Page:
It is finished.
Some things beg to be created. Some stories long to be told. This is one of them.
Whether you are a client, friend, or regular reader, you have my heart. I never would have risked creating this were it not for your kindness and encouragement. This is for you.
What kind of woman are you becoming? What kind of woman do you long to be? It's a fair question and one that we should be regularly asking ourselves so that we can steer ourselves in the right direction. I was meditating on this the other day and out of nowhere the phrase "sensual saint" blossomed in my mind. It fits perfectly with who I want to be and more importantly, who I believe the Creator wants me to be.
Maybe that seems like a contradiction to you. After all, sensual probably isn't the first word that would come to mind if I asked you to describe some of the female "saints" in the history of faith and spirituality. Among the woman I would count in that group are Joan of Arc, Catherine of Siena, and Teresa of Avila. Teresa of Avila in particular wrote of a spiritual encounter that was charged with sensuality, a passage most commonly referred to as "The Ecstasy of Saint Teresa". Below are fragments taken from the passage that give a picture of her encounter.
"I saw in his (the angel's) hand a long spear of gold, and at the iron's point there seemed to be a ... fire. He... thrust it at times into my heart... and to leave me all on fire with a great love of God. The pain was so great, that it made me moan; and yet so... sweet... that I could not wish to be rid of it."
While most of us probably won't share in that type of encounter on earth, we were crafted with a sensual nature. Spicy. Sweet. We were made to be consumed by sensuality and to enjoy it. Where that enjoyment stems from makes all the difference in the world though. Blogger Melissa Jenna has written a brief and fabulous post addressing the trend of women flocking to a book like 50 Shades of Grey and movies such as Magic Mike. You can read it here. One thing she nailed on the head: Striving for spiritual purity and consuming this "erotic entertainment" can NOT go hand in hand.
It isn't okay.
Maybe you consider yourself liberated and don't have a problem with men or women using erotic writing or movies to turn themselves on. There's a fine line there though. On one hand the Song of Solomon metaphorically references oral sex right there in the middle of the Bible and is considered one of the most erotic pieces of historical writing in existence. On the other hand you have women so stimulated by outside influence that their own husbands don't turn them on anymore.
What's a girl to do?
Even if Magic Mike or 50 Shades wouldn't cause you to lust, the fact that you would consume that particular movie/book knowing the topic tells me that to a certain degree you have accepted the content and are enjoying it. Do you morally agree with stripping? Do you believe that BDSM (bondage, discipline, sadism, and masochism) and sex outside of marriage leads to spiritually and emotionally healthier individuals and families?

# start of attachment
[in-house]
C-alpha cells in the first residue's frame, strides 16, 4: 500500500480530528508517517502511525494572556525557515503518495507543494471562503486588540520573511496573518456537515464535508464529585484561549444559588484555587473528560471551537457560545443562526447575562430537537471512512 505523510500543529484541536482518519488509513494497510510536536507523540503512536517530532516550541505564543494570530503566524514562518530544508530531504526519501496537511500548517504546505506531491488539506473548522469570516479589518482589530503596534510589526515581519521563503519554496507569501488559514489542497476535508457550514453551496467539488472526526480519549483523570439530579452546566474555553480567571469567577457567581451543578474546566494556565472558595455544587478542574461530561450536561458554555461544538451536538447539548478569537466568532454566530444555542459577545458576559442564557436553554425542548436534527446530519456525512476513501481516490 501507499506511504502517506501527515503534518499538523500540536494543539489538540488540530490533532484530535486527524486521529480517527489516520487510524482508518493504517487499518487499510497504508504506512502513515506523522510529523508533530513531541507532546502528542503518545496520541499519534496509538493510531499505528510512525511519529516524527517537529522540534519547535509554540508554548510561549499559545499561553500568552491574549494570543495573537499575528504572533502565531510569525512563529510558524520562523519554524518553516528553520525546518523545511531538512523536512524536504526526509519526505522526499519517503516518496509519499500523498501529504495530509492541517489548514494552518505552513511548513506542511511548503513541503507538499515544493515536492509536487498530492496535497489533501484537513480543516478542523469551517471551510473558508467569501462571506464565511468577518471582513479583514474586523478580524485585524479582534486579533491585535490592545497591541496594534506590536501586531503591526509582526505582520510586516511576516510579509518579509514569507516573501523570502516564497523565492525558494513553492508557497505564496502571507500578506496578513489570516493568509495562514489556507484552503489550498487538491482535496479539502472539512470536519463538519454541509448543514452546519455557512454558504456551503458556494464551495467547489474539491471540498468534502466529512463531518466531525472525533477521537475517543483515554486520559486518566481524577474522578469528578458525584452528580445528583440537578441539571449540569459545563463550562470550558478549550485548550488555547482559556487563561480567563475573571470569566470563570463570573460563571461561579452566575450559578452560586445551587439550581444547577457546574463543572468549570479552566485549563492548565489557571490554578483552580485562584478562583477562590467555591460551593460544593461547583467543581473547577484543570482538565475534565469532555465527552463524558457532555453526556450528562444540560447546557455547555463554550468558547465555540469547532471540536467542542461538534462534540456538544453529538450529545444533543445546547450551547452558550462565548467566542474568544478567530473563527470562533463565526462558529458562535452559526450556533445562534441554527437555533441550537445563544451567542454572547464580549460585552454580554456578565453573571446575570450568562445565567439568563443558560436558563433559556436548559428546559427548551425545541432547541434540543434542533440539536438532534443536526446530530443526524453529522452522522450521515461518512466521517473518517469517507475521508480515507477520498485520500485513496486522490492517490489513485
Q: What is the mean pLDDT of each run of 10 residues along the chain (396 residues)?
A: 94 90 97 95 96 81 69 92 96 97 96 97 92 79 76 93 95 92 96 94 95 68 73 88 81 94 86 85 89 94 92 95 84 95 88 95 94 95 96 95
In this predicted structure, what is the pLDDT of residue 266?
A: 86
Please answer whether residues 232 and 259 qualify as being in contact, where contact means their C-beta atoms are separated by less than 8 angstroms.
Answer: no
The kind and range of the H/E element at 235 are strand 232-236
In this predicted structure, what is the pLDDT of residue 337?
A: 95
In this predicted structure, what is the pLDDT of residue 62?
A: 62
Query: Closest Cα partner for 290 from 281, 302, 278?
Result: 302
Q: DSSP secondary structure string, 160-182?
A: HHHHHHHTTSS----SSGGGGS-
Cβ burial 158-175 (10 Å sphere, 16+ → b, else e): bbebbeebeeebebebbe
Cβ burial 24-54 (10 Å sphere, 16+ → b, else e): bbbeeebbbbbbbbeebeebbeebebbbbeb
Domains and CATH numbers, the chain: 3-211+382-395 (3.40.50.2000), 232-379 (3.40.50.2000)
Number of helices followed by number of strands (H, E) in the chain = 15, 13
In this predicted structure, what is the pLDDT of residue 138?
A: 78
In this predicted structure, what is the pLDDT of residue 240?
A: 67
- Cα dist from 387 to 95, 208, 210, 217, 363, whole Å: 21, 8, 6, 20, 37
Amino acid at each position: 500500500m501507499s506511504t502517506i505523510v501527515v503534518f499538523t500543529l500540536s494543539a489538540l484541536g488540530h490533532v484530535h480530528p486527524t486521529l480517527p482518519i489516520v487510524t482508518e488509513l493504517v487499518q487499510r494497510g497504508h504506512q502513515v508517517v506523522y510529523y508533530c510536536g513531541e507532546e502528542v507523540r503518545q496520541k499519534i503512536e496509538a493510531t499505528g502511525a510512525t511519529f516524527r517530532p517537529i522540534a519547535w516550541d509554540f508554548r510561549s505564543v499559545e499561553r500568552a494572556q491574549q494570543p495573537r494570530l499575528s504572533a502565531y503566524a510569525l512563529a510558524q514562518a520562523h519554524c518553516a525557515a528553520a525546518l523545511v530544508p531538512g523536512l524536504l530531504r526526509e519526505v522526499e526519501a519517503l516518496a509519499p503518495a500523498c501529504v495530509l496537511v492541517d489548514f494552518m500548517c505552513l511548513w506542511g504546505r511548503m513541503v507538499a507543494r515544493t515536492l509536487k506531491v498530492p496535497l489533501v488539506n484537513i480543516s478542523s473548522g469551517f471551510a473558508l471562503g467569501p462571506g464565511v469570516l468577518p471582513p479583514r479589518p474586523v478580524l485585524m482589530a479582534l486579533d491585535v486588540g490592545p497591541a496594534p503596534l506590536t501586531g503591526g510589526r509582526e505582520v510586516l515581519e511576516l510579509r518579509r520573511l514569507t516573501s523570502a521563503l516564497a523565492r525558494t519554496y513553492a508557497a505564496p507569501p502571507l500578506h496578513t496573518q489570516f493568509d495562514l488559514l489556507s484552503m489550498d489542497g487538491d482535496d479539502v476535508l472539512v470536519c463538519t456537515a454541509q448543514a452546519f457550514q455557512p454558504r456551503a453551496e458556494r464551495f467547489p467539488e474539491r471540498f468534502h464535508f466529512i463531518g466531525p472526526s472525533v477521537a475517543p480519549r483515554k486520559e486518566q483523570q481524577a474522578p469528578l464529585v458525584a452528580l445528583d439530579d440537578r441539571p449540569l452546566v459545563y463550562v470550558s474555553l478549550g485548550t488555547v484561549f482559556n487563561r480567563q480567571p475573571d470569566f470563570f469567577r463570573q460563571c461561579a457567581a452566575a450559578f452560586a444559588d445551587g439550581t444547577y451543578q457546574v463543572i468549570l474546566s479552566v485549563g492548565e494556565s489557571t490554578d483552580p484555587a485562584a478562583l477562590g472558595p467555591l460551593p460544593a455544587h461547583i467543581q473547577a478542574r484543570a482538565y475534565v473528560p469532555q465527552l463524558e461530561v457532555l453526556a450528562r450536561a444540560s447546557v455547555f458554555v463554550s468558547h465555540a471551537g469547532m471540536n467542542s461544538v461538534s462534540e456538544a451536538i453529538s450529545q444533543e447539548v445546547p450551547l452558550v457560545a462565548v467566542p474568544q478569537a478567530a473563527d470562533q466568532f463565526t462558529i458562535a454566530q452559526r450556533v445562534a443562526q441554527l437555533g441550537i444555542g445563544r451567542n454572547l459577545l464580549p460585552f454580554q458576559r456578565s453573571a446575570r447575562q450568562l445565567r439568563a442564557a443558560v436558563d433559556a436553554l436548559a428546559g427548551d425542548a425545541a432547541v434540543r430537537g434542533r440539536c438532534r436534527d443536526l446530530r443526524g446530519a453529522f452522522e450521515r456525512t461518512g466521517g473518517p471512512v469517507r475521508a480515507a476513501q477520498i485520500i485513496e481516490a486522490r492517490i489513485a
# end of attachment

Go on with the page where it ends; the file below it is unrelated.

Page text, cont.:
If you answered yes then either your conscious is dead or you are determined to have your erotic entertainment no matter the cost. In Revelation 3:16 the Creator says, "Because you are lukewarm, neither hot nor cold, I am about to spit you out of my mouth."
Grey... lukewarm... there may be 50 different shades and 50 different temperatures but in the end it's all the same. A waste.
Ahhh etiquette... an old fashioned word that reminds us there is a right way to do things and a wrong way. Any of you who know me know that I often like to buck tradition in favor of something new and wacky. That said though, there are still traditions and aspects of wedding etiquette that are as necessary today as they were when your grandmother got married. I've been meaning to write this post for some time, as an advice piece to brides and grooms and hopefully an eye opener to wedding guests.
1. You are a guest so enjoy being one. It is tacky to use any wedding as a platform to try to build your business if you were not asked to represent your business at said event.
2. Don't assume because you're the groom's cousin that you can take as many pictures as you want. Check with the bride and groom or ask the photographer directly if photography by guests is allowed. Some photographers restrict guest photography completely in their contract. They aren't being mean. The fact is, your shots ruin our shots. Not all the time granted, but an unexpected flash from a point and shoot can easily ruin the great shot the professional planned on capturing of the bride waking down the aisle.
3. Assuming it's okay for you to take photos as a guest, do the photographer the courtesy of introducing yourself. Try to stay out of their way and respect the fact that the bride and groom have personally asked and paid this individual to do what they are doing. Don't try to pose the couple or the bridal party for your own shots. Again, you are there to eat cake, dance, clap, and in general enjoy yourself. So just be content with doing that. You can always ask the photographer for a business card and inquire about purchasing photos from them of the big day. The photos the photographer takes are likely to be much higher quality than what you could take anyway.
4. If you want to begin shooting more seriously and need some weddings to play with your camera at, find a photographer who will take you on as the second shooter. This is infinitely better than trying to use a wedding you are invited to (doing so is 99.9% guaranteed to tick off the professional, paid photographer and may result in giving you AND your business a bad name before it's even started. Yikes!).